Over 24 % varsity students to retain monthly stipend

KIGALI - The Student Financing Agency for Rwanda (SFAR), has announced that it has retained only 24.6 percent of the students after establishing that they were totally needy and could not afford to finance their upkeep while at university.
Emma Rubagumya
Emma Rubagumya

KIGALI - The Student Financing Agency for Rwanda (SFAR), has announced that it has retained only 24.6 percent of the students after establishing that they were totally needy and could not afford to finance their upkeep while at university.

This follows the recent government decision to scrap the monthly stipend for university students on government sponsorship. The students have been getting a monthly stipend of Rwf25, 000 on top of tuition.

The 24.6 percent are part of the over 23, 000 students who are sponsored by government in the eight public institutions of higher learning, and have been getting the stipend.

The decision was highly protested, with students claiming that they would drop out of school. However, a taskforce was set up by the Ministry of Education to determine the neediest students.

Speaking to the press yesterday, the Director of SFAR, Emma Rubagumya, said that the task force has completed most of the work it was supposed to carry out.

“We used a number of means to come up with this number which included the use of Ubudehe classifications that were prepared by the Ministry of Local government,” said Rubagumya.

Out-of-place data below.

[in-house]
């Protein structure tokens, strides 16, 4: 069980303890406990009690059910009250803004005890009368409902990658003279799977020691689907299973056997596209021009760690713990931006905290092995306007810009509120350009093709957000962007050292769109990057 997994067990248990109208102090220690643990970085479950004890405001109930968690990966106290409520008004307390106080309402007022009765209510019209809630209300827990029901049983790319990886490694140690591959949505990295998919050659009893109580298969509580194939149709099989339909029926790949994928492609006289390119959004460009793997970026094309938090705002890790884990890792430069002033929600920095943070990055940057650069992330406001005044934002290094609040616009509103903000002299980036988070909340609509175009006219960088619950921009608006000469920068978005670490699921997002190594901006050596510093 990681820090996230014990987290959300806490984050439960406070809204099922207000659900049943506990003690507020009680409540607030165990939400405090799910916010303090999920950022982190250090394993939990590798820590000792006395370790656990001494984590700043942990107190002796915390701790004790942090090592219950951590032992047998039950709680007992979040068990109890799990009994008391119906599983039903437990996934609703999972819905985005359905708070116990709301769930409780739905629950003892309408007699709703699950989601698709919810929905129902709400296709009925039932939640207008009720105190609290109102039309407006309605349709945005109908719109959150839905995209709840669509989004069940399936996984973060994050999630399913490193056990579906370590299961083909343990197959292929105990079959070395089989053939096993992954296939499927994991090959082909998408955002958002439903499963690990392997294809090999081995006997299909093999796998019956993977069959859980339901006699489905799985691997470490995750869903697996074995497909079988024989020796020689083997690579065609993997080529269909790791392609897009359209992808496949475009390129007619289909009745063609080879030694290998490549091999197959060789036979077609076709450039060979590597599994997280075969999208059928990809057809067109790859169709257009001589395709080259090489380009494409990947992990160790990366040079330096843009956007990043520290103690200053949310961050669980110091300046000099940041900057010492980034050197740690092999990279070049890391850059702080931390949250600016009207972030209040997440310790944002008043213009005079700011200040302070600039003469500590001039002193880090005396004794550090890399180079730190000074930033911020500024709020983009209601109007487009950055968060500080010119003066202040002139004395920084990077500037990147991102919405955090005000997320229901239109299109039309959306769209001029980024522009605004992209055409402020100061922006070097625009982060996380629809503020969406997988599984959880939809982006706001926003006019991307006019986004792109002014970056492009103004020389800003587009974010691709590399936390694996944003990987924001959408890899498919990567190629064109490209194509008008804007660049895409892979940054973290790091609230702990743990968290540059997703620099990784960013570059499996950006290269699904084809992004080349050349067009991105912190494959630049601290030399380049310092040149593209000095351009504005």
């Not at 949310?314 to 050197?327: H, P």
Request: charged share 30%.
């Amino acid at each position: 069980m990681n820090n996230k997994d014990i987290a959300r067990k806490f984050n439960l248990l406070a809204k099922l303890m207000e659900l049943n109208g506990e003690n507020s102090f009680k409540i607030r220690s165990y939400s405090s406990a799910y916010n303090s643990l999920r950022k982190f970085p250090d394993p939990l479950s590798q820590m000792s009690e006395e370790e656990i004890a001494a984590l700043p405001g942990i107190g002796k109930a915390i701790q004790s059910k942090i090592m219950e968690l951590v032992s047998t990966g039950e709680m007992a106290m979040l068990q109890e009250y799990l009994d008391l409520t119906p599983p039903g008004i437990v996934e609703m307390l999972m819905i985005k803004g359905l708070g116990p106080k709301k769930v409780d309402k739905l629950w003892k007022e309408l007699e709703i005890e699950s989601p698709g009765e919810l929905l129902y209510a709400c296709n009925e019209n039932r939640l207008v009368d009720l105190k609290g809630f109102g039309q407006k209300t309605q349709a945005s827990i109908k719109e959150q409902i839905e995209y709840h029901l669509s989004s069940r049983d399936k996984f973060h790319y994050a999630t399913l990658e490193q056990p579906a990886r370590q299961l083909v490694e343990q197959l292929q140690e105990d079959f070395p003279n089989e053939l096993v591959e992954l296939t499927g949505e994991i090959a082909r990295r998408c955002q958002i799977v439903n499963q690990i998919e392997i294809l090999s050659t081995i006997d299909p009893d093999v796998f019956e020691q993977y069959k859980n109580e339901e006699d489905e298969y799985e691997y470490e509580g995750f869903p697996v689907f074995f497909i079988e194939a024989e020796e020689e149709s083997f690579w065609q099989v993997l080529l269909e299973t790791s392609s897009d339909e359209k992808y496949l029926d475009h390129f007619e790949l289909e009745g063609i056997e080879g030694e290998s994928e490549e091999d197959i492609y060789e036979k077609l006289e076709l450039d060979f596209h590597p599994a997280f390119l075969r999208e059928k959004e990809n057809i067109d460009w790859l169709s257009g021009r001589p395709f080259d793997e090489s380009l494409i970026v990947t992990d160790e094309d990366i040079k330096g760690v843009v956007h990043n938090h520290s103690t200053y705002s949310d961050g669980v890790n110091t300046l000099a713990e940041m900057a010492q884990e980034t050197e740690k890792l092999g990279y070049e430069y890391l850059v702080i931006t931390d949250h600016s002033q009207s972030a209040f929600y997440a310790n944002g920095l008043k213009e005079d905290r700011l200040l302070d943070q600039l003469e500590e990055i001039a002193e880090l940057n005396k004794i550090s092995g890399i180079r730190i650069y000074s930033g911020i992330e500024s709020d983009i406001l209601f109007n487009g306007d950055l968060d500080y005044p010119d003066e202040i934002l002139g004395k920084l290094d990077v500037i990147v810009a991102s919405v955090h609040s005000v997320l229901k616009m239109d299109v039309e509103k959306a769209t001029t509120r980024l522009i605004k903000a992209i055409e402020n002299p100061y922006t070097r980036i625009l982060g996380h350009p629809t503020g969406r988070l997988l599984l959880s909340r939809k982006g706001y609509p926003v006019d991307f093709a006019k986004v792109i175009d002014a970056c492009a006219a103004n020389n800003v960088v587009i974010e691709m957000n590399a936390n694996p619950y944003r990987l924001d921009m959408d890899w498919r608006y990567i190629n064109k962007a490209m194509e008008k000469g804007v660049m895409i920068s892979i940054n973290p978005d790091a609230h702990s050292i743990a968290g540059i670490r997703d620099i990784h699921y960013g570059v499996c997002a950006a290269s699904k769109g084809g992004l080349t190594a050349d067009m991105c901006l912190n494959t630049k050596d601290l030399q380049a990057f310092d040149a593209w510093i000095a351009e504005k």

Ubudehe classifies people in six categories of financial abilities starting from the poorest to the richest in society.
“The information from Ubudehe helped us to identify the needy students easily,” she said.

Rubagumya added that they also used some of the information that was provided by the students who underwent a financial assessment. The assessment was mainly conducted in urban areas.

“We looked at the wealth declared by the students on the form and where we thought that they could have lied, we looked at the amount of school fees they paid in high school annually,” she said.

Rubagumya explained that the students who were able to pay Rwf70, 000 and above annually and those, whose parents and guardians have income of Rwf100, 000 or more were removed from the list of beneficiaries.

The Ministry of Education said the decision to scrap the bursary was meant to facilitate investment in infrastructural development at institutions of higher learning and also increase the number of students in universities.

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